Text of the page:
The methodology of the epistemological realist concerns propositions of which are a posteriori, or “thinking after,” the objective disclosure of reality.  Thus, epistemology follows from ontology.  False thinking or methodology (particularly in scientific knowledge) has brought about a failure to recognize the intelligibility actually present in nature and the kinship in the human knowing capacity to the objective rationality to be known.[4]

October 4th, 2012

Meet Philosopher Linda Zagzebski

by Max Andrews

The University of Oklahoma philosopher Linda Zagzebski is a leading epistemologist in the field of virtue ethics.  Virtue epistemology is an attempt at unifying virtue ethics; Zagzebski takes the Aristotelian approach, by combining it with historical or cognitive psychology in its approach to knowledge.  Zagzebski is a virtue-responsibilitist, which is an internalist model and includes traits such as open-mindedness and concern when it comes to epistemic endeavors.  There is a rejection of Quine’s naturalized epistemology though it still permits empiricism as a means of belief formation.

Zagzebski argues for a direction of analysis thesis, a unified account of the intellectual and moral virtues, a neo-Aristotelian approach.  She suggests, that by virtue theory that makes the concept of a right act derivative from the concept of a virtue or some inner state of a person that is a component of virtue. This is a point both about conceptual priority and about moral ontology. In a pure virtue theory the concept of a right act is defined in terms of the concept of a virtue or a component of virtue such as motivation. The property of rightness is something that emerges from the inner traits of persons.[1]  The entire epistemological task is thus approached with this ethical theory overlaying each epistemic consideration.

October 4th, 2012

God, Freedom, and Human Agency

by Max Andrews

The following is the abstract and a link to the paper written by Thomas Talbott.

I argue that, contrary to the opinion of Wes Morriston, William Rowe, and others, a supremely perfect God, if one should exist, would be the freest of all beings and would represent the clearest example of what it means to act freely. I suggest further that, if we regard human freedom as a reflection of God’s ideal freedom, we can avoid some of the pitfalls in both the standard libertarian and the standard compatibilist accounts of freewill.

My purpose in this paper is to set forth a theory of agency that makes no appeal to mysterious notions of agent causation. But lest I be misunderstood at the very outset, I should perhaps clarify the point that my emphasis here is on the term “mysterious” and not on the expression “agent causation.” I shall begin with what seems to me the best possible example of agent causation: the sense in which a supremely perfect God, if one should ex- ist, would initiate or originate his own actions. I shall not, however, simply adopt without modification the standard understanding of agent causa- tion, assuming there to be such an understanding.

Please continue reading…

October 4th, 2012

The Atheist Chart

by Max Andrews

October 4th, 2012

Terms for Budding Apologists

by Max Andrews

The follow is a list of terms every beginning apologist should know.

  1. Christ of Faith—The theological person of Jesus
  2. Historical Jesus—The actual person/man Jesus who walked the earth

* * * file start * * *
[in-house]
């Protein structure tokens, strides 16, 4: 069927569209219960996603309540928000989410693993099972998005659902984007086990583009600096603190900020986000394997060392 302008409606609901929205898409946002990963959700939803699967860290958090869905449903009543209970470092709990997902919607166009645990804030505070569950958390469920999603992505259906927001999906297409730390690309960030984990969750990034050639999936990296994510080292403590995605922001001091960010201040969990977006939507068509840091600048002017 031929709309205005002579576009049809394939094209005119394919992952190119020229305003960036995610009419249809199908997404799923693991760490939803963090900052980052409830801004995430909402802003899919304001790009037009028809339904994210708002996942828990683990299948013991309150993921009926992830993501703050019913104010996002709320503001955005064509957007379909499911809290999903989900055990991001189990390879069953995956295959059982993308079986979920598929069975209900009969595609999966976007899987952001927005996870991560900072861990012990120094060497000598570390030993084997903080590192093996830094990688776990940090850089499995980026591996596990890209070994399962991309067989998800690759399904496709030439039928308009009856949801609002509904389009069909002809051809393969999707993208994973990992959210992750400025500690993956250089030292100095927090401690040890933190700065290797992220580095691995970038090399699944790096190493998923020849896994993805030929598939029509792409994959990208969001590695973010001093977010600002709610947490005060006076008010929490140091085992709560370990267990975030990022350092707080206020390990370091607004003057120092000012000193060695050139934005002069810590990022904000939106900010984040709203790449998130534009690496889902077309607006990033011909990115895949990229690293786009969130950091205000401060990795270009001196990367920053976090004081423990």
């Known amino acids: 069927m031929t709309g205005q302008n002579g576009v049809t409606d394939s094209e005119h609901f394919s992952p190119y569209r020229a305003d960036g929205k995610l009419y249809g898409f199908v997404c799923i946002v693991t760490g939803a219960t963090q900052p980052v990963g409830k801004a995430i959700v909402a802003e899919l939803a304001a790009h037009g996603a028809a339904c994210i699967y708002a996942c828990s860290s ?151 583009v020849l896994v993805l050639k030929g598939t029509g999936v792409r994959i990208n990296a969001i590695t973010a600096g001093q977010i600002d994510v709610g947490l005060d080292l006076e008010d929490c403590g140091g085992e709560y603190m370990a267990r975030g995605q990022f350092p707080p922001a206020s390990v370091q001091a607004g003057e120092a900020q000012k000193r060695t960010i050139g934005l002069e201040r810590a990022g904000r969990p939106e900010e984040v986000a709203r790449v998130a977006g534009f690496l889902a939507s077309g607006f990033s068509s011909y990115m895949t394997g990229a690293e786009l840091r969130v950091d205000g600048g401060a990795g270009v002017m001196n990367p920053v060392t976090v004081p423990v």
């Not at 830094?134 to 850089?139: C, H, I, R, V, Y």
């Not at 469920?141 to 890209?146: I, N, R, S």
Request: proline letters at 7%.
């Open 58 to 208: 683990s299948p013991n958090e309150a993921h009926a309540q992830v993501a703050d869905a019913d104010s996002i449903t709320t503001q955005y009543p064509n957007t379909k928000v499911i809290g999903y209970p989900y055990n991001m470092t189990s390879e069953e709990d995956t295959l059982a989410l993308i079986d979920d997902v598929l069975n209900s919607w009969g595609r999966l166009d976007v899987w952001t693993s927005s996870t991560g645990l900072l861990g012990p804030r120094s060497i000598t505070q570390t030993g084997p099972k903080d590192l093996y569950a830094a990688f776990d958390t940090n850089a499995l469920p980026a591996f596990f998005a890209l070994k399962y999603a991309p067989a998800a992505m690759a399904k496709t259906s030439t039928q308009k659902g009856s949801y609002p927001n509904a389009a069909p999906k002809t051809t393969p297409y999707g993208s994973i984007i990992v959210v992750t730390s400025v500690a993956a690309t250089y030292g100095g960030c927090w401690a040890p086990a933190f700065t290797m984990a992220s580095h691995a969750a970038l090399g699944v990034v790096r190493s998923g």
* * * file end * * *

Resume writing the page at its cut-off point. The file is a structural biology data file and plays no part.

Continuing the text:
3. Source Criticism—Attempt to trace back the literary source of the Gospels
  4. Synoptic Problem—How do we account for the similarities and differences between the synoptics?
  5. Two Document Theory—Mark, earliest Gospel, gives framework but lacks much teaching and from Q
  6. Q—(1890) Source that contained many of the sayings and teachings
  7. Form Criticism—An analysis of the forms in which the narratives of the Gospels come down to us
  8. Demythologize—Getting rid of miracles and get to the sole teaching of Jesus—Gospels not historical, spiritual truths, dropping theological claims (Bultmann)
  9. Criterion of Double Dissimilarity—Something that Jesus said that was either according to early Judaism or early Church Jesus probably didn’t say
  10. Criterion of Multiple Attestation—Many sources giving the same account
  11. Criterion of Embarrassment—If the information could potentially damage the truth to the claim it was probably true
  12. Redaction Criticism—Effects of the editor’s own literary styles and theological presuppositions as put together in the Gospel accounts
    read more »

October 3rd, 2012

Design Inference vs. Design Hypothesis

by Max Andrews

Original post by William Dembski.

In December 1994, I was in the middle of writing my philosophy dissertation for the University of Illinois at Chicago while also working on a masters of divinity degree at Princeton Theological Seminary. Visiting my parents in the Tucson area for the Christmas break, I was pondering what title to put on my dissertation. The dissertation focused on small-probability events used in chance-elimination arguments. Although the dissertation addressed some long-standing questions in the foundations of statistical reasoning, I also had my eye on bigger fish. Two years earlier, in the summer of 1992, I had spent several weeks with Stephen Meyer and Paul Nelson in Cambridge, England, to explore how to revive design as a scientific concept, using it to elucidate biological origins as well as to refute the dominant materialistic understanding of evolution (i.e., neo-Darwinism).

Such a project, if it were to be successful, clearly could not merely give a facelift to existing design arguments for the existence of God. Indeed, any designer that would be the conclusion of such statistical reasoning would have to be far more generic than any God of ethical monotheism. At the same time, the actual logic for dealing with small probabilities seemed less to directly implicate a designing intelligence than to sweep the field clear of chance alternatives. The underlying logic therefore was not a direct argument for design but an indirect circumstantial argument that implicated design by eliminating what it was not.